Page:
It bears noting that the method of FIG. 11 is purely exemplary. In other embodiments, data hub 120 may not locally store the quaternion and/or may relay the quaternion to local computer 140 without conversion. Moreover, local computer 140 may interface with remote computer 150 to generate the spatial orientation data.

In some embodiments, a quaternion transmission protocol provides a different notation for quaternion update packets wherein quaternions are encoded at different predefined bit positions or in a different predefined format than described above. For example, the bit length of the mantissa and exponent may be modified to increase or decrease the resolution of quaternions and thereby better comport with the tolerance for latency, power constraints and/or computational requirements of a particular system.

Moreover, in some embodiments, a quaternion transmission protocol provides a different notation for quaternion acknowledgement packets wherein timing correction data is encoded at different predefined bit positions or in a different predefined format than described above. For example, the resolution of the timing correction data may be increased or decreased by modifying the bit length of the timing correction data to comport with the maximum drift between frames that is observed empirically in a particular system.

The duration of TDMA frames and the number of time slots can also vary in different embodiments to accommodate different numbers of sensor units in the system. Additionally, the techniques for preserving resolution of values near +1 and −1 described herein have application not just to quaternions, but also non-quaternion values which are functions of sine and cosine.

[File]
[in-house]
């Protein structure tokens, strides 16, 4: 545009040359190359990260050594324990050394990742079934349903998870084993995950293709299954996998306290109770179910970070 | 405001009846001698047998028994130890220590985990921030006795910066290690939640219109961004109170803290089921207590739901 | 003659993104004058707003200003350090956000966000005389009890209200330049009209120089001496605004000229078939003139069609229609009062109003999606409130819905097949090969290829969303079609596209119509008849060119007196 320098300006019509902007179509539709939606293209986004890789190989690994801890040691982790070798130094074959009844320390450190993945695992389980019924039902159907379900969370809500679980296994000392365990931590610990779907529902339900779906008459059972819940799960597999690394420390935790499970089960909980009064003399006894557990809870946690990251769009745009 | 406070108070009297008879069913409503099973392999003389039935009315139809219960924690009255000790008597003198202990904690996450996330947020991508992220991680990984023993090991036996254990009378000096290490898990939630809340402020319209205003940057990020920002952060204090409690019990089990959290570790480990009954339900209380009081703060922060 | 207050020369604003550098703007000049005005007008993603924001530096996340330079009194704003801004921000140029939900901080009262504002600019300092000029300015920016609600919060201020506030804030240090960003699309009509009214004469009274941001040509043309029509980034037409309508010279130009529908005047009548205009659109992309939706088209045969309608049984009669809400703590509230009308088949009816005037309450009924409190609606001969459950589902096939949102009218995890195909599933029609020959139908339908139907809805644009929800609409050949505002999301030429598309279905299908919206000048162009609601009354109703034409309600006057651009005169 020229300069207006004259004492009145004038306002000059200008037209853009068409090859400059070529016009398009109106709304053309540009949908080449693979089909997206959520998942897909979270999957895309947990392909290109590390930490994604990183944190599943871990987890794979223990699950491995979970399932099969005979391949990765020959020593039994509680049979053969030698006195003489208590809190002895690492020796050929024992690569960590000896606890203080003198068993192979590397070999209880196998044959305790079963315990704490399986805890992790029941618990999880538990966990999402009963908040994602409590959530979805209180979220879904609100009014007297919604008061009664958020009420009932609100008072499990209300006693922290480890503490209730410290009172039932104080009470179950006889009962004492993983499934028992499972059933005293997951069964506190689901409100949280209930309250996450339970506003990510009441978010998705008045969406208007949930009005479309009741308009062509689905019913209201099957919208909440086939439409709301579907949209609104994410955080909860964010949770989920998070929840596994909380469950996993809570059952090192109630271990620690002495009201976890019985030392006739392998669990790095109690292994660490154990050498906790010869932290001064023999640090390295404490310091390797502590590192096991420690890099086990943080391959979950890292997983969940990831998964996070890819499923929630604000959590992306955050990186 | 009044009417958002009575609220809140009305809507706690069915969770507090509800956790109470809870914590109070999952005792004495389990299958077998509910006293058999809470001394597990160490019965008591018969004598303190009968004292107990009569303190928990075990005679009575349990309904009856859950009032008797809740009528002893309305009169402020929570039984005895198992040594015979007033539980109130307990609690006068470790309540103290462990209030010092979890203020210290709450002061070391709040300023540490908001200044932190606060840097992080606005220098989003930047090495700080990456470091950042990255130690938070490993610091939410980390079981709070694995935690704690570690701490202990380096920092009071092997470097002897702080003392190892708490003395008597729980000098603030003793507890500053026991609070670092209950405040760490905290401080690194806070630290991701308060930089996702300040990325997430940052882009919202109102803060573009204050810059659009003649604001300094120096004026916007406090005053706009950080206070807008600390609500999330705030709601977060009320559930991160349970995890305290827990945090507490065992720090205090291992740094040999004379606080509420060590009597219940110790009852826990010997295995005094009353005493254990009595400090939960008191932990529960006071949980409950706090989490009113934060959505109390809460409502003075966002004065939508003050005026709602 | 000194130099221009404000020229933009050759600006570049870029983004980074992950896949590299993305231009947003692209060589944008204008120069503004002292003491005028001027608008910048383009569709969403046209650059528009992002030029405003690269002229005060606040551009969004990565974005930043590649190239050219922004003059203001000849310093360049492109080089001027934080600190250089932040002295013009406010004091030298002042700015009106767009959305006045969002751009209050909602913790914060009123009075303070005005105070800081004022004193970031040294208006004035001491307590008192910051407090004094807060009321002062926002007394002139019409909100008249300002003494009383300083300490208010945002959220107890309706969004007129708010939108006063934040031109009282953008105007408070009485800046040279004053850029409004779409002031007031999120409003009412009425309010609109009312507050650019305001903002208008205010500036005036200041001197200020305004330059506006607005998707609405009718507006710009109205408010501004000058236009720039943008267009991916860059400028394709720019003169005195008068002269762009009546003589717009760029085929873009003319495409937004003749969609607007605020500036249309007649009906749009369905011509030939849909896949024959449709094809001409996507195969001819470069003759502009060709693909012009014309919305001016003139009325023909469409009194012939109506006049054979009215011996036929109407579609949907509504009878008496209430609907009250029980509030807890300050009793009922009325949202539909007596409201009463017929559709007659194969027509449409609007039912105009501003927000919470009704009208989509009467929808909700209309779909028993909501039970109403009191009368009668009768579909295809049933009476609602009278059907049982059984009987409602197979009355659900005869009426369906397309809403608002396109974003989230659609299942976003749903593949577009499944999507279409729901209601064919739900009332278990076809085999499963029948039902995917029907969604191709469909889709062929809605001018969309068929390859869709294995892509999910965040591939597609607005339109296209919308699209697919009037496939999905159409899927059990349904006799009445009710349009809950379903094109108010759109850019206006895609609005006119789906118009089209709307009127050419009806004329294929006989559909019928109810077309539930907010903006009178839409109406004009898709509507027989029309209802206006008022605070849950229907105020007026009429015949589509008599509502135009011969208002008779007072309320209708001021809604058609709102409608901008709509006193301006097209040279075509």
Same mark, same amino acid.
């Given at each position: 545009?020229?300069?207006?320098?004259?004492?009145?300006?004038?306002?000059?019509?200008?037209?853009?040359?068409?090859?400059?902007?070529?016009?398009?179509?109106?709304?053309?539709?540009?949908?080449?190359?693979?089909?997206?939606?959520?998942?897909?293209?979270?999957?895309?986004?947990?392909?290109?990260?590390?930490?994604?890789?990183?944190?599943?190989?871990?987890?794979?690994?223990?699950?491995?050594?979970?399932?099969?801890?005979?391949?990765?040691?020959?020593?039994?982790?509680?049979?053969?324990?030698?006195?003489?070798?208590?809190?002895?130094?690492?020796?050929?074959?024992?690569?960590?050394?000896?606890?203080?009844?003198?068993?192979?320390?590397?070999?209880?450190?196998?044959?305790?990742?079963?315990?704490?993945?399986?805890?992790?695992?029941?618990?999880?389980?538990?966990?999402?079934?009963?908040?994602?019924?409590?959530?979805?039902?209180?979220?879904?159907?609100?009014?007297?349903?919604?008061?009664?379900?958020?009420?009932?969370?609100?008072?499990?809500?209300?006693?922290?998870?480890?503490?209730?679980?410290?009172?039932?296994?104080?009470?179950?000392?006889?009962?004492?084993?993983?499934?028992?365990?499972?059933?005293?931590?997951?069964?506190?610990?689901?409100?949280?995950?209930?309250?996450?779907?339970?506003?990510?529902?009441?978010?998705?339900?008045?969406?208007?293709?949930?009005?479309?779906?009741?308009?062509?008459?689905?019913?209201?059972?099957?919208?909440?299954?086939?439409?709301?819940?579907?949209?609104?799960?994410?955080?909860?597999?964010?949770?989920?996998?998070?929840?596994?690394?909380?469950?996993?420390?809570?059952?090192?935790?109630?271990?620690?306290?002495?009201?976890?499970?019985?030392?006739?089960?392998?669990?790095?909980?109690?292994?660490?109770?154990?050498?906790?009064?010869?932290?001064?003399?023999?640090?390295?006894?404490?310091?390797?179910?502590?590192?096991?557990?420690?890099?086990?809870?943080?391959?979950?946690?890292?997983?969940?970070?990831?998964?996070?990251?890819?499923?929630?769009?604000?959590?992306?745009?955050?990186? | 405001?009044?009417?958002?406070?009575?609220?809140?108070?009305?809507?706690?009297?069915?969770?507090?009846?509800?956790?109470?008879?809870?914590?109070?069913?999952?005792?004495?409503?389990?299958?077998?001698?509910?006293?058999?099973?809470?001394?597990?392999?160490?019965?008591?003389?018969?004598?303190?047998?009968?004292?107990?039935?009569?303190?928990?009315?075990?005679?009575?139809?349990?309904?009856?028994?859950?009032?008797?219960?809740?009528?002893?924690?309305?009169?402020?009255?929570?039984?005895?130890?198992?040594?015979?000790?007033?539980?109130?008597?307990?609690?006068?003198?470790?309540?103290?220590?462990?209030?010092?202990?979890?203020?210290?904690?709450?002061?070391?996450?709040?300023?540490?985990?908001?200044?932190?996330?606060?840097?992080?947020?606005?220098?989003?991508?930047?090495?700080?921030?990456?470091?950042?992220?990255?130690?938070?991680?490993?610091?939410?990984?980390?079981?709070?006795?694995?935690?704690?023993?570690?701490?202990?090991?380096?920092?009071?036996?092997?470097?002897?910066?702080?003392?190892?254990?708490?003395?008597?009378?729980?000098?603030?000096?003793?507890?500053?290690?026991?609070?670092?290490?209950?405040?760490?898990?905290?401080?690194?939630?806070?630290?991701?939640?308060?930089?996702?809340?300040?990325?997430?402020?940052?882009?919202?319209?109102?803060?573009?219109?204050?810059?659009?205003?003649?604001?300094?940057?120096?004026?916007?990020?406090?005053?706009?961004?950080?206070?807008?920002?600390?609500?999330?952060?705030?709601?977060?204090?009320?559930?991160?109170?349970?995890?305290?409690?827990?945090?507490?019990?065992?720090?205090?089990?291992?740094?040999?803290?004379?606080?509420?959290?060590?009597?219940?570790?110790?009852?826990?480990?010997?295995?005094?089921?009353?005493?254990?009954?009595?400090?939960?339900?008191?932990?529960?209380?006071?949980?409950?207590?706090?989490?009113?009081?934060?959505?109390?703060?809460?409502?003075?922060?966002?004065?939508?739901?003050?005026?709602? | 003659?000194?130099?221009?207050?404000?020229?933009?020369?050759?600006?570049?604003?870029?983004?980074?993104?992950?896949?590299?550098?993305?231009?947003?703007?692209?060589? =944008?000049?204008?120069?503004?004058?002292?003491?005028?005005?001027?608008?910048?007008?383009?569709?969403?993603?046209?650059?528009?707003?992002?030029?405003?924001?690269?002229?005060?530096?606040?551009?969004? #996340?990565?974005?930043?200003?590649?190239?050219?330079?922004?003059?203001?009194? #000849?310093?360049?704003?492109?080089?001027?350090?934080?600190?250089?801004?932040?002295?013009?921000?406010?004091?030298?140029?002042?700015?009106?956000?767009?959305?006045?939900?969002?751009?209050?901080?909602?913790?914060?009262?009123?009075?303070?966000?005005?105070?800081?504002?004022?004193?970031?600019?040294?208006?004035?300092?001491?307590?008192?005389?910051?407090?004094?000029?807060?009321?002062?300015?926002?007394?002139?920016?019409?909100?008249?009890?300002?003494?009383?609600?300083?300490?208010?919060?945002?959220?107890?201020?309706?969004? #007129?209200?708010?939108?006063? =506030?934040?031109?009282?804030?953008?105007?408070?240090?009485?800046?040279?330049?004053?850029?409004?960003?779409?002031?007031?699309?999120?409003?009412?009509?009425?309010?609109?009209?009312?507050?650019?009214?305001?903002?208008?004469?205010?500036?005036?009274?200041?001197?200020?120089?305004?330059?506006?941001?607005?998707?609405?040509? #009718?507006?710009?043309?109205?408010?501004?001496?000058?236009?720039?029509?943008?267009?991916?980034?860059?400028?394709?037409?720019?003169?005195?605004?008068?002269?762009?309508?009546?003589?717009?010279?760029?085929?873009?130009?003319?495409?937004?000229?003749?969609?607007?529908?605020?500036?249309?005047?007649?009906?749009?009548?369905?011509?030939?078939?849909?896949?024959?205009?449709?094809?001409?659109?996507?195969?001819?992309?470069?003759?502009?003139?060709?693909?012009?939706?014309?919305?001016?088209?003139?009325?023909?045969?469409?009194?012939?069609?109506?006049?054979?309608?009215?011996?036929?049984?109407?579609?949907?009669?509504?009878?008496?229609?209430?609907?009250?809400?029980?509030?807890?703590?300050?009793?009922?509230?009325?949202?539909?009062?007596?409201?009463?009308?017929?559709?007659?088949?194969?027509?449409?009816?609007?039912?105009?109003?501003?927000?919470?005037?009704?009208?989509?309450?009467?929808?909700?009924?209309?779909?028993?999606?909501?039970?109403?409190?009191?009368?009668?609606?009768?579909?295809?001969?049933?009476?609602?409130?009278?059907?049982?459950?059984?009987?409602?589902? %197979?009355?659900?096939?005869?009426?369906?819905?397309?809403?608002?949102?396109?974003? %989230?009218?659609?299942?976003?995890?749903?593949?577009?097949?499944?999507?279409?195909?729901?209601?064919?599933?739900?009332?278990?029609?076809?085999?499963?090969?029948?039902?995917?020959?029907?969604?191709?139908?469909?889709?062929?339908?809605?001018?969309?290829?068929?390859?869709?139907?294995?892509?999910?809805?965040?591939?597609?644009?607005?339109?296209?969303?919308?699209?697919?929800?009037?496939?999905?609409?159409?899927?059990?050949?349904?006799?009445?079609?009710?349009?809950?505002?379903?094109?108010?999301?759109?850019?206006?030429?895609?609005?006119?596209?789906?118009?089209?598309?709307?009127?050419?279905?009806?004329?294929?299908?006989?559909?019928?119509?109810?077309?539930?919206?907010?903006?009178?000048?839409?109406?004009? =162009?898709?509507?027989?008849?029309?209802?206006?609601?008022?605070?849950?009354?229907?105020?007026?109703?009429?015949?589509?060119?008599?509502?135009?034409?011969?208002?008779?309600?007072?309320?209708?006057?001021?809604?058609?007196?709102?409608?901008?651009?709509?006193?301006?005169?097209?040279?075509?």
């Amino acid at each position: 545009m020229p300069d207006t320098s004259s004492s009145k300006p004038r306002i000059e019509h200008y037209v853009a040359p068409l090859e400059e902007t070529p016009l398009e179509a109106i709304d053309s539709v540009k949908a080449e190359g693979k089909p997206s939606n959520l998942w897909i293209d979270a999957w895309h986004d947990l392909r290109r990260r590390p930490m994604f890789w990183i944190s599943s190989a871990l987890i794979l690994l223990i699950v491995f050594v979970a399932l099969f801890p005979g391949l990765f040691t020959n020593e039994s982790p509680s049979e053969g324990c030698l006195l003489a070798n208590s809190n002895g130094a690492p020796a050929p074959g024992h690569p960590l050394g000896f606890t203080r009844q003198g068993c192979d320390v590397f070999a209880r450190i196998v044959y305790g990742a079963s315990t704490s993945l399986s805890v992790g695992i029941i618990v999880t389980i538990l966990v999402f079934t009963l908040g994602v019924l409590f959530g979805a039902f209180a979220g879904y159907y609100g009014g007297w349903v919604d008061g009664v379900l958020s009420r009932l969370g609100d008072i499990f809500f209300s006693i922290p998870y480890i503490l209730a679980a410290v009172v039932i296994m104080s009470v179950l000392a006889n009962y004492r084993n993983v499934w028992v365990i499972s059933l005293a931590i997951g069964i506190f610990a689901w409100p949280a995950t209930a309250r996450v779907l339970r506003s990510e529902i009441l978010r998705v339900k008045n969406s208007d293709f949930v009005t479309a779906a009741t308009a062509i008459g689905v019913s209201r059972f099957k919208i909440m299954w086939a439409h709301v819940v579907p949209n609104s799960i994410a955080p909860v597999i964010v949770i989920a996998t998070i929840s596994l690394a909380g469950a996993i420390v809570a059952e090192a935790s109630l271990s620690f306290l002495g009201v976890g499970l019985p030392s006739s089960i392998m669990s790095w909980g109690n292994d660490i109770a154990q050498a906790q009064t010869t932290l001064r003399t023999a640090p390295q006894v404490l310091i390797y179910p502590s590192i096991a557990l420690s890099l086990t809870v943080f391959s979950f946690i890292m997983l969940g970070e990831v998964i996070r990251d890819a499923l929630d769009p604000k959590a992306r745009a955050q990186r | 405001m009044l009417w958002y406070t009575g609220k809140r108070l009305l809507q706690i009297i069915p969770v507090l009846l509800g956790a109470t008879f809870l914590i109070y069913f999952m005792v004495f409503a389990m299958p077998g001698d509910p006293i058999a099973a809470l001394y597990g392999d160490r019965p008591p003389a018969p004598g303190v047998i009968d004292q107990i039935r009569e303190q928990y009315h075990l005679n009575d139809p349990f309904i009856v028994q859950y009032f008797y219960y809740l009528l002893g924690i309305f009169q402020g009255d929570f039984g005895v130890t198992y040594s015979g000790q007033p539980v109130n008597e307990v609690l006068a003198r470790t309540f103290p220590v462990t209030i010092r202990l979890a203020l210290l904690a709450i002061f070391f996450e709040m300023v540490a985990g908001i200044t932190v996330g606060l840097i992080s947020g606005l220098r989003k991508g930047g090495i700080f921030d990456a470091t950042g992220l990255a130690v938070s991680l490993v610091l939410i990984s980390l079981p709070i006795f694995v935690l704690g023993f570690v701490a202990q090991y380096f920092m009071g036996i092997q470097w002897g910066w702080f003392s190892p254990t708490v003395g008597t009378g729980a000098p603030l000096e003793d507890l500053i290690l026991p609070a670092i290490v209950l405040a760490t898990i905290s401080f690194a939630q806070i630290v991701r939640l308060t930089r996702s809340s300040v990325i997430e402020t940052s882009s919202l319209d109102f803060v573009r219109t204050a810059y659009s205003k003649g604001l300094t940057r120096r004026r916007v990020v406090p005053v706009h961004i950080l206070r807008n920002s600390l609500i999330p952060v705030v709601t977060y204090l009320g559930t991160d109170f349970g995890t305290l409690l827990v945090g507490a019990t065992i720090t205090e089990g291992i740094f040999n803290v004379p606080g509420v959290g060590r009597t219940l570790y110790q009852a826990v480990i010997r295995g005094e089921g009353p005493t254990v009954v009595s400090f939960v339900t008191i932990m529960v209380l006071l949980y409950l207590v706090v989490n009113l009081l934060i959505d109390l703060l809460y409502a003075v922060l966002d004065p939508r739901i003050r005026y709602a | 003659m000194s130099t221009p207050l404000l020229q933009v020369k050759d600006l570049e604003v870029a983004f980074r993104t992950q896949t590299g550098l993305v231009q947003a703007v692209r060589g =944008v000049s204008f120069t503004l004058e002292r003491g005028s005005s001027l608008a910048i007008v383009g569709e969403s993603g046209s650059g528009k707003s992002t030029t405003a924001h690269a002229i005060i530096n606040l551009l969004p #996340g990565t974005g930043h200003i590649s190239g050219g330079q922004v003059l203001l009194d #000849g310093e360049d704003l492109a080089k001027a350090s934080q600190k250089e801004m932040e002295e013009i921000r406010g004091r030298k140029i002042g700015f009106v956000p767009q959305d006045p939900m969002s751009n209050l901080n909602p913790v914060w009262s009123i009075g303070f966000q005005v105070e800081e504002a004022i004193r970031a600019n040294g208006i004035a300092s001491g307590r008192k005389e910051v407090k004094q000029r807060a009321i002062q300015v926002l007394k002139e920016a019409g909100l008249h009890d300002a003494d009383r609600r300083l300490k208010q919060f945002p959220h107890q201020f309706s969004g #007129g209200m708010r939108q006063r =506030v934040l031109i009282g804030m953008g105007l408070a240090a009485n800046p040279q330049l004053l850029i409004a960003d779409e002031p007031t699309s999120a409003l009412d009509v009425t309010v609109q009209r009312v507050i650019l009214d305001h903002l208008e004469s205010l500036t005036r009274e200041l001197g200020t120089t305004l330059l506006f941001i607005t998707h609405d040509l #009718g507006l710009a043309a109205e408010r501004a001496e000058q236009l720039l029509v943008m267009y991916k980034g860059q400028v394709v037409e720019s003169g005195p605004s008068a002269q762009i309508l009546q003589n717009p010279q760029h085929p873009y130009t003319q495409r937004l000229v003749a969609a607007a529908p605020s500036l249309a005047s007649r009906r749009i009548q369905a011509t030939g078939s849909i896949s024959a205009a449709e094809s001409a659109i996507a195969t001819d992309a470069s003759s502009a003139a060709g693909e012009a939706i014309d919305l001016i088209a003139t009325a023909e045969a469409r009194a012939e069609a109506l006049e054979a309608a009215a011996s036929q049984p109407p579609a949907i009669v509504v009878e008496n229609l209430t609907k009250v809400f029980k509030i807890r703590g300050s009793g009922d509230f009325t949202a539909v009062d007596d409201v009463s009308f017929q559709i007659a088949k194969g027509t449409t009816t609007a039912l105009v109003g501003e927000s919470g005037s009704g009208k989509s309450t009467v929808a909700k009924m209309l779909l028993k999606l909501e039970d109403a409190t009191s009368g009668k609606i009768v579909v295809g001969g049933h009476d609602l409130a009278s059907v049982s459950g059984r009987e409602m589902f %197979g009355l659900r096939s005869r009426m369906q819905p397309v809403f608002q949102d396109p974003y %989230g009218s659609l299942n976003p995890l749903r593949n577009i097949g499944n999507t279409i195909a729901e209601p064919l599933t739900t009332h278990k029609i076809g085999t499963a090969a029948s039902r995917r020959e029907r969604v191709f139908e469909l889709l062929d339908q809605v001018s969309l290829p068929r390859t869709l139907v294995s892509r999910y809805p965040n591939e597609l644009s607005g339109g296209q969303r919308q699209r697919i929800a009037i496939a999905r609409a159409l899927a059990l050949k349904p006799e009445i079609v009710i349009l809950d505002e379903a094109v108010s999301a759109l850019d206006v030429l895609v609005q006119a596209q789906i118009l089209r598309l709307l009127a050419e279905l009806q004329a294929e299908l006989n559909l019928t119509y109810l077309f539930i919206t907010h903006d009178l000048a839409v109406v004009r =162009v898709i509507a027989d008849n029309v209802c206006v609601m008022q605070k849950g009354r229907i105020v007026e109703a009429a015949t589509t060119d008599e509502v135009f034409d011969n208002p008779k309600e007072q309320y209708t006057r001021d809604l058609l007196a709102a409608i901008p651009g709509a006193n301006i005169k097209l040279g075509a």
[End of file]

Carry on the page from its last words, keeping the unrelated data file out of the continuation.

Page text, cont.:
It will be appreciated by those of ordinary skill in the art, therefore, that the present invention can be embodied in other specific forms without departing from the spirit or essential character hereof. The present description is considered in all respects to be illustrative and not restrictive. The scope of the invention is indicated by the appended claims, and all changes that come within the meaning and range of equivalents thereof are intended to be embraced therein.

Claims (16)

What is claimed is:
1. A system for wireless transmission of quaternions, comprising:
a quaternion source configured to construct a quaternion update packet containing a quaternion at predefined bit positions and in a predefined fixed bit length format specified by a quaternion transmission protocol and transmit the update packet on a wireless communication link; and